Why open-source DNS is 'internet's dirty little secret'

Why open-source DNS is 'internet's dirty little secret'

Summary: Jon Shalowitz, general manager at Nominum's new Skye cloud-computing division, says legacy open-source DNS software poses a huge problem for the internet

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TOPICS: Cloud, Servers
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Internet infrastructure company Nominum launched a set of cloud-based services on Tuesday. Its new hosted Domain Name System division, Skye, is offering DNS caching, an authoritative DNS service, DNS-based navigation assistance and threat-management.

Nominum is targeting these new services at enterprises and tier-two ISPs, the traditional heartland of open-source DNS in the form of Bind, or Berkeley Internet Name Domain software, widely considered to be the most commonly used DNS server on the internet.

ZDNet UK spoke to Jon Shalowitz, Skye general manager, about how Nominum will convince enterprises and smaller ISPs to make the switch from open-source software to proprietary cloud services.

Q: In the announcement for Nominum's new Skye cloud DNS services, you say Skye 'closes a key weakness in the internet'. What is that weakness?
A: Freeware legacy DNS is the internet's dirty little secret — and it's not even little, it's probably a big secret. Because if you think of all the places outside of where Nominum is today — whether it's the majority of enterprise accounts or some of the smaller ISPs — they all have essentially been running freeware up until now.

Given all the nasty things that have happened this year, freeware is a recipe for problems, and it's just going to get worse.

Are you talking about open-source software?
Correct. So, whether it's Eircom in Ireland or a Brazilian ISP that was attacked earlier this year, all of them were using some variant of freeware. Freeware is not akin to malware, but is opening up those customers to problems. So we've seen the majority of the world's top ISPs migrating away from freeware to a solution that is carrier-grade, commercial-grade and secure.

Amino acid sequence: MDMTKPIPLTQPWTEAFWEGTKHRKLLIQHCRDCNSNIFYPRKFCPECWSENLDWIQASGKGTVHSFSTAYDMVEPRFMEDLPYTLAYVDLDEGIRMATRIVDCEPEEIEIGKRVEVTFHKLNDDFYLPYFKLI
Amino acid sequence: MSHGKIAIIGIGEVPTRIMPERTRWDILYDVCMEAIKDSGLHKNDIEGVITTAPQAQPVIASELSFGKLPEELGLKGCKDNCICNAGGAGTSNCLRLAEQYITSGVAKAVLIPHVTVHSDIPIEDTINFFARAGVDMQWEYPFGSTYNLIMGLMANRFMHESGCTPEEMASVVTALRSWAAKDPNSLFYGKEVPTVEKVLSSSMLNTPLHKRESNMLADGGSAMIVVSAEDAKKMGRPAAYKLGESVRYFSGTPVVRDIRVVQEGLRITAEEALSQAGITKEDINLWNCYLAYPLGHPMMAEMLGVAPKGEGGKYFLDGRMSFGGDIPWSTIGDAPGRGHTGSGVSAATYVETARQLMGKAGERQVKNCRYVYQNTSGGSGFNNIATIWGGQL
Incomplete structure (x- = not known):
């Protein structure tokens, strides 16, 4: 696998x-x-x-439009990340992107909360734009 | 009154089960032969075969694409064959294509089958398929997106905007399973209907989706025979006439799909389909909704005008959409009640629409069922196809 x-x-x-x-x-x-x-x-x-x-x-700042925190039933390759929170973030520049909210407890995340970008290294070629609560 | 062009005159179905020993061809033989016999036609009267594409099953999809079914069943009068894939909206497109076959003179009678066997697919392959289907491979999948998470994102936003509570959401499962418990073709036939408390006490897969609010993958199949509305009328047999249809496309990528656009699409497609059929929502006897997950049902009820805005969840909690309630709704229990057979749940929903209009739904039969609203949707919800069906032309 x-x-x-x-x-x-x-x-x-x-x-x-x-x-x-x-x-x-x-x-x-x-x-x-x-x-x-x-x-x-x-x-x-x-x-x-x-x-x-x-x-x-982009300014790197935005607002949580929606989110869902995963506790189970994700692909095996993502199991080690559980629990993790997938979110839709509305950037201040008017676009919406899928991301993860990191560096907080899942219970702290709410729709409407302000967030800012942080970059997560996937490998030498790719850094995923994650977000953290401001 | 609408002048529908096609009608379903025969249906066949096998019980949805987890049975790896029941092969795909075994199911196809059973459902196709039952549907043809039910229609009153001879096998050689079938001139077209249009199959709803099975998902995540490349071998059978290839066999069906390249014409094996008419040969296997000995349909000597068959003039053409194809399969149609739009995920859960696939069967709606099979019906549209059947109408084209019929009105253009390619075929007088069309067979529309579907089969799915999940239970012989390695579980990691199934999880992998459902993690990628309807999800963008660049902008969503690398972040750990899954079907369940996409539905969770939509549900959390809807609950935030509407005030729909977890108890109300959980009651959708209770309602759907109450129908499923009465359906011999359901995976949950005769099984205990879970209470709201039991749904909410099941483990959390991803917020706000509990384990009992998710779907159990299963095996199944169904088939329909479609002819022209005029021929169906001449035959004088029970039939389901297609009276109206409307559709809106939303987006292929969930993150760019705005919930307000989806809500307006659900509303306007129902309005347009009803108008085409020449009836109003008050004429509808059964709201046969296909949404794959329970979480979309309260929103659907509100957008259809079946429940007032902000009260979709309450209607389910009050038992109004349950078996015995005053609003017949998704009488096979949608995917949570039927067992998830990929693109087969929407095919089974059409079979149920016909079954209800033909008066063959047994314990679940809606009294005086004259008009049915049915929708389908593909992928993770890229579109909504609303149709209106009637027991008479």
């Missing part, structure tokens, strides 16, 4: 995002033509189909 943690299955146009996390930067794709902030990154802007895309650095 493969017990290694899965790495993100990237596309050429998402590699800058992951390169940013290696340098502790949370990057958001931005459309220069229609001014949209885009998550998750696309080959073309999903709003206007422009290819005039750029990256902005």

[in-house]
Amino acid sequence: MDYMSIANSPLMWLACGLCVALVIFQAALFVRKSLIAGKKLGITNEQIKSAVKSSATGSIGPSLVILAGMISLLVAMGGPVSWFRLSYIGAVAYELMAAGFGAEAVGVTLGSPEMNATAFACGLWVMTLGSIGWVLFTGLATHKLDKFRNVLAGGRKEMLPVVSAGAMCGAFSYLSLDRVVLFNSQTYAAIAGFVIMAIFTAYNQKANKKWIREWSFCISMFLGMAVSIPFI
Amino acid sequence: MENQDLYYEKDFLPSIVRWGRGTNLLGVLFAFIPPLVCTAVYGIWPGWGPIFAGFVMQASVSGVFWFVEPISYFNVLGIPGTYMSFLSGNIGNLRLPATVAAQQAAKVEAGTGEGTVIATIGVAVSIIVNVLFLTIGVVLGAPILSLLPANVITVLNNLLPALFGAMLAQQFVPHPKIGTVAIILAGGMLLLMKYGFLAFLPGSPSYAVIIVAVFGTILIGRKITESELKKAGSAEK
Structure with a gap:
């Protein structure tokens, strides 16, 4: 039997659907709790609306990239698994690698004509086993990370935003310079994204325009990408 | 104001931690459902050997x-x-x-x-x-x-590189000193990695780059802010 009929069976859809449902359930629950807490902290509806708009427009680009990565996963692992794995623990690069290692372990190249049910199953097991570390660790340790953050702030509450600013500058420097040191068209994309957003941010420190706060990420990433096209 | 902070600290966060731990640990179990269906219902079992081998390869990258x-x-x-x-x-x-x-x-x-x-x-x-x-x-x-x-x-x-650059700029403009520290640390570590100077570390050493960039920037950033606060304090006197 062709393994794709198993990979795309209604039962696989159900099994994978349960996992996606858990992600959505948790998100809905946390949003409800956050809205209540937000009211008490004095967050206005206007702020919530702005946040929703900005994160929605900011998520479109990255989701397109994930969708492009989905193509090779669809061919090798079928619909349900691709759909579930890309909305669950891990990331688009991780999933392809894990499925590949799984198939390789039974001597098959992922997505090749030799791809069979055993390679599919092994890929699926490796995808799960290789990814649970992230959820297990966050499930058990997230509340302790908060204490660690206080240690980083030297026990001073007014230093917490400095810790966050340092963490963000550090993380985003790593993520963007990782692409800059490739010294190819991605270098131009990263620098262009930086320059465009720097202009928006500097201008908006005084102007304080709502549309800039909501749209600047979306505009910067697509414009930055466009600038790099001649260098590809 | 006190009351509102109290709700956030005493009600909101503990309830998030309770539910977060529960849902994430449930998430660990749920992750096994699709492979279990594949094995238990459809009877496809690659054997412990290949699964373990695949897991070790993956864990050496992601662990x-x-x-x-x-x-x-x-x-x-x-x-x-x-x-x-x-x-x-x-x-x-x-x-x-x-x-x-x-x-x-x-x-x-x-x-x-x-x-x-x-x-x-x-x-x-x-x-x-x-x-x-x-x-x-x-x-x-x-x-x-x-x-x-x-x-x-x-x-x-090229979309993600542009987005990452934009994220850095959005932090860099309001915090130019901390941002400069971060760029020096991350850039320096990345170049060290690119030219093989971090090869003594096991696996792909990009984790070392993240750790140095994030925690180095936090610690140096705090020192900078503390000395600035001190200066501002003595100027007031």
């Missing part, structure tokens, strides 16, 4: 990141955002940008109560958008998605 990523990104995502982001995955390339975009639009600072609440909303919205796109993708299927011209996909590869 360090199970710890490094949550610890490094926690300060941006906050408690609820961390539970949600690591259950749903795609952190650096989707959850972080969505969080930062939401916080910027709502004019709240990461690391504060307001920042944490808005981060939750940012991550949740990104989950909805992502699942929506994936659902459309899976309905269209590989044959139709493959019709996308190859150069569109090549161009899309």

What characterises that open-source, freeware legacy DNS that you think makes it weaker?
Number one is in terms of security controls. If I have a secret way of blocking a hacker from attacking my software, if it's freeware or open source, the hacker can look at the code.

By virtue of something being open source, it has to be open to everybody to look into. I can't keep secrets in there. But if I have a commercial-grade software product, then all of that is closed off, and so things are not visible to the hacker.

By its very nature, something that is freeware or open source [is open]. There are vendors that take a freeware product and make a slight variant of it, but they are never going to be ever able to change every component to lock it down.

Nominum software was written 100 percent from the ground up, and by having software with source code that is not open for everybody to look at, it is inherently more secure.

People's reaction to that may be: 'He would say that, wouldn't he, because he's just trying to sell his product'. How would you answer them?
I would respond to them by saying, just look at the facts over the past six months, at the number of vulnerabilities announced and the number of patches that had to made to Bind and freeware products. And Nominum has not had a single known vulnerability in its software.

It's easy to say you've not had a single vulnerability if you're not widely deployed. But we run over half the internet. We are out in the most challenging, the most heavily trafficked networks in the world.

And you think your cloud products will address this issue?
Yes. In the US when I was growing up, various towns and cities put fluoride in the water. It was the only way to ensure every child was going to get healthy teeth. That's akin to extending the reach of intelligent DNS.

By delivering a cloud model that allows essentially any enterprise or any ISP to have the wherewithal to take advantage of a Nominum solution is like putting fluoride in the water.

You don't have to have a DNS expert internally, and you don't have to have a certain level of customer base to amortise the cost of deploying the software.

When you talk about Skye you refer to the 'network effect'. What does that mean?
The network effect means that Skye is the only cloud DNS service that has as its foundation half the broadband internet already using the same software. Nominum has 170 million broadband households worldwide that already go through our software.

If you use as an example NTT, one of our customers in Asia — we can quickly detect a worm outbreak or a botnet outbreak, because of what we see in the DNS. Then we can use that information to shut down a lot of those communication lines that that command centre, that botnet, may use. We can apply that worldwide across our entire installed base.

But just because something is in the cloud doesn't mean that it's good. What's really in the cloud is what matters.

You really do need to look under the hood and kick the tyres. Maybe it's a Ferrari on the outside, but it could be an Austin Maxi on the inside. The software being run and the network itself are very critical. And that's one point the customer really needs to be wary of.

Topics: Cloud, Servers